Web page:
Words Matter: How Language Affects How You Relate, Part 1

Two colleagues sit at a table to have a discussion in an officeWords are powerful. While this is not breaking news, there is often little consideration given to the effects of language and how it is used. Further, beyond one’s intentions in using certain words to communicate in a positive or negative manner, those words can be interpreted in radically different ways. Needless to say, speaking and listening aren’t always as straightforward as they seem. As such, I would like to discuss certain aspects of language, particularly its materiality and structuring power. Through gaining a deeper understanding of these aspects of language, my hope is people may feel freer to respond and connect with others in a manner more nuanced and aligned with how they feel.

The first aspect of language to understand is its materiality. At its most basic level, what makes something “material” is its ability to affect both time and space around it. In essence, something that is material is real, substantial, and leaves a mark. Consider an asteroid traveling through space: it has substance, and when it comes into contact with something it leaves a mark (i.e., a crater).

Of course, a word alone has never left a crater in its wake; however, when certain words are spoken, either alone or in certain combinations, they can leave a substantial mark on the person speaking them or receiving them. Have you ever had a moment when something someone said to you “stuck”? Perhaps there is a special memory you can recall of a mentor giving you just the advice or inspiration you needed. On the other hand, maybe someone said something that figuratively knocked your legs out from under you (i.e., “You’re worthless,” etc.) and you’re still trying to get back up.

This, as an aside, forms the basis of nearly all concerns I hear in psychotherapy. Words may not make an observable mark, but they have materiality in their ability to leave a felt impact.

A second important aspect of language is its ability to structure or build a frame. When someone speaks, the words that are spoken create a framework through which to understand the conversation as a whole. For example, if someone starts a conversation by saying, “Don’t be mad, but …” or “I always mess this up,” what is one to assume the rest of the conversation will sound like?

Beyond affecting the recipient of words spoken, the framing nature of language can also impact the person speaking them.

Framing language sets the tone for how others may understand what is spoken. If an engineer was to say, “The stairs you are about to walk on seem sturdy, but I always mess that up,” would you be more or less likely to use the stairs? How does that framing statement affect your trust in the engineer and your confidence in the engineer’s work?

Beyond affecting the recipient of words spoken, the framing nature of language can also impact the person speaking them. This occurs as a self-statement, where the person who speaks is also the listener. In the above example, if someone states, “Don’t be mad …” as they prepare to say something, the implication inherent in this preface is the person speaking already feels shameful or bad about something that occurred, and is now predicting the person to whom they are speaking will be upset upon hearing about it. As discussed above, because language has an impact, framing what will be spoken in this manner may actually be more likely to elicit the unwanted response, something referred to as the self-fulfilling prophecy.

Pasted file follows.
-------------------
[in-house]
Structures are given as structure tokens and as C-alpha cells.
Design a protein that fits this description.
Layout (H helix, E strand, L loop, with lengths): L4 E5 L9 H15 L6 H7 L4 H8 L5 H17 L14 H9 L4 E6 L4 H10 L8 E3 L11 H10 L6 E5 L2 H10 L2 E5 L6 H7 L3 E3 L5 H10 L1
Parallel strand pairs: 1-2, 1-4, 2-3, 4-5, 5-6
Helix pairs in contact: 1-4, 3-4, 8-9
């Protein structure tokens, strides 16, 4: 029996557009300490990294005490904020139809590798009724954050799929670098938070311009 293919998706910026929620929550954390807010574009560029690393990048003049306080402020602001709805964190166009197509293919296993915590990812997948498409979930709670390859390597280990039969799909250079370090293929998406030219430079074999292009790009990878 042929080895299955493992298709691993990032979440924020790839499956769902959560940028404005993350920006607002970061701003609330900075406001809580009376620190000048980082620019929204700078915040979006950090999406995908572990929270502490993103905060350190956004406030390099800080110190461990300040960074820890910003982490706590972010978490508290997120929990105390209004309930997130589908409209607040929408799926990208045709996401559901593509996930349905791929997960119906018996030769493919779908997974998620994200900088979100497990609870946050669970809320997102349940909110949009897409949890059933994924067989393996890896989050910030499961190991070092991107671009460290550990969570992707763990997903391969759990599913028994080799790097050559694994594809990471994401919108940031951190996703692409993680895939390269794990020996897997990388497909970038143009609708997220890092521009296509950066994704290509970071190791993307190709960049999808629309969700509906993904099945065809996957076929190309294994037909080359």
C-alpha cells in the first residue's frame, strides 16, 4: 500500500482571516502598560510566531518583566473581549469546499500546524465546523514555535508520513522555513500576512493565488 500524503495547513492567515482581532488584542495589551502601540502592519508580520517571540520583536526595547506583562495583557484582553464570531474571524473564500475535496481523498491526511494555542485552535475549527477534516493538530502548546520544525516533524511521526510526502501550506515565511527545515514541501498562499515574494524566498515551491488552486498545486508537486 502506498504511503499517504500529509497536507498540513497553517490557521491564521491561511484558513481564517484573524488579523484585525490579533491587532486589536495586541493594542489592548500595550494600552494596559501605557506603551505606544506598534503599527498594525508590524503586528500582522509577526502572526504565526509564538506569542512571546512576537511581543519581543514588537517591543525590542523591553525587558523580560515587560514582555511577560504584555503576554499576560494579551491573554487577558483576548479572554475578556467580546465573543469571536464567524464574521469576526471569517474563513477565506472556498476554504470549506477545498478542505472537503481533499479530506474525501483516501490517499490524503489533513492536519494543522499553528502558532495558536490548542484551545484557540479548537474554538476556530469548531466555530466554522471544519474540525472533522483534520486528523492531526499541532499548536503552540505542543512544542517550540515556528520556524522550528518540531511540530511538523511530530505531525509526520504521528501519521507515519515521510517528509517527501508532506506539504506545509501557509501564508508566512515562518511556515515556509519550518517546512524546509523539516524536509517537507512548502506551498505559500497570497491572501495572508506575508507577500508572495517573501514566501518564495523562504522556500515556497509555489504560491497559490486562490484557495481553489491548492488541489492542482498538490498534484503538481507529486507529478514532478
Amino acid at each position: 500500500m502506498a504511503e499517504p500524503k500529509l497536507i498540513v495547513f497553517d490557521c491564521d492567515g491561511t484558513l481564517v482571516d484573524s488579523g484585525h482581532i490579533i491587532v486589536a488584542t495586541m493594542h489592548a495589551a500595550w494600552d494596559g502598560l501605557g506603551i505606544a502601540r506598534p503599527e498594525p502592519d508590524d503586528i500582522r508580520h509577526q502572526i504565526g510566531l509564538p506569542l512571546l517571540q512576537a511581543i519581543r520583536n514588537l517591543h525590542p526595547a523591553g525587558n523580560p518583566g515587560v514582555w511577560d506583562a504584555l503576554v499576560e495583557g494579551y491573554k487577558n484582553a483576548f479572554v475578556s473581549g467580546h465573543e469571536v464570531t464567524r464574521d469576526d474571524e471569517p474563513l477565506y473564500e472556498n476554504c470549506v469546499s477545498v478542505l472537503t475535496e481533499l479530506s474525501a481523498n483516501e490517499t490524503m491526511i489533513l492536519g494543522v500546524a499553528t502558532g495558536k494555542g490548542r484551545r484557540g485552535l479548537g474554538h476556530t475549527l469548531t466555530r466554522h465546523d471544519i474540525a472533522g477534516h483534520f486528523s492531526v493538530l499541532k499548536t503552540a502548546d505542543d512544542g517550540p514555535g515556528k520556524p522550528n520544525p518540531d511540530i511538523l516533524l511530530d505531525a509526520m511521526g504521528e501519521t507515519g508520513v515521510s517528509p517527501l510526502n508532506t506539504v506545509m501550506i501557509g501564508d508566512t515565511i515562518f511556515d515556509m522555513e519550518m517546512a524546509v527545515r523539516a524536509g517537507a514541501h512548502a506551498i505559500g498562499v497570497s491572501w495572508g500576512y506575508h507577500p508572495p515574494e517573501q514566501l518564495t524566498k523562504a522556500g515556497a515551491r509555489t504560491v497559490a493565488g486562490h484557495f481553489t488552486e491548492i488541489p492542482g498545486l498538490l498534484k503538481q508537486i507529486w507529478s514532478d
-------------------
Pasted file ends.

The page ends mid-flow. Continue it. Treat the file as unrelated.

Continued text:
Words, then, are powerful indeed. Because using words is an everyday occurrence, it is easy to forget the mark they can make or how subtly they can frame a conversation. In understanding how you use language, though, you can avoid obstacles that may create distance in relationships through certain ways of speaking. And that, ultimately, increases the potency of said words.

In Part 2 in this series, we will examine the ability of language to bring new experiential worlds into existence.

© Copyright 2017 GoodTherapy.org. All rights reserved. Permission to publish granted by Trey Cole, PsyD, therapist in Denver, Colorado

The preceding article was solely written by the author named above. Any views and opinions expressed are not necessarily shared by GoodTherapy.org. Questions or concerns about the preceding article can be directed to the author or posted as a comment below.

  • 4 comments
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  • Carol

    Carol

    March 9th, 2017 at 8:13 AM

    A lot of times I find that it might not be the actual word that is used but the way in which it is used that makes it sting a little bit more.

  • Katie R

    Katie R

    March 11th, 2017 at 6:51 AM

    that old saying about sticks and stones breaking bones but words not hurting me? not true at all. words can leave a far worse impact on us than a hit or a bruise ever could.

  • Mo

    Mo

    March 13th, 2017 at 7:23 AM

    I encounter people on a daily basis for whom I think they believe that language and the words they use are just an afterthought. They pay very little attention to their tone or to their grammar for heaven’s sake and they have no clue how uneducated that makes them sound.

    I have always been a firm proponent of fake it til you make it, and even on the days when you might not really be feeling it, you just smile and keep on going.

  • steven a

    steven a

    March 14th, 2017 at 7:36 AM

    Don’t you think that it is important to also note that body language can be a big hint to others in terms of what you are feeling and what you are saying to them without ever speaking any words?

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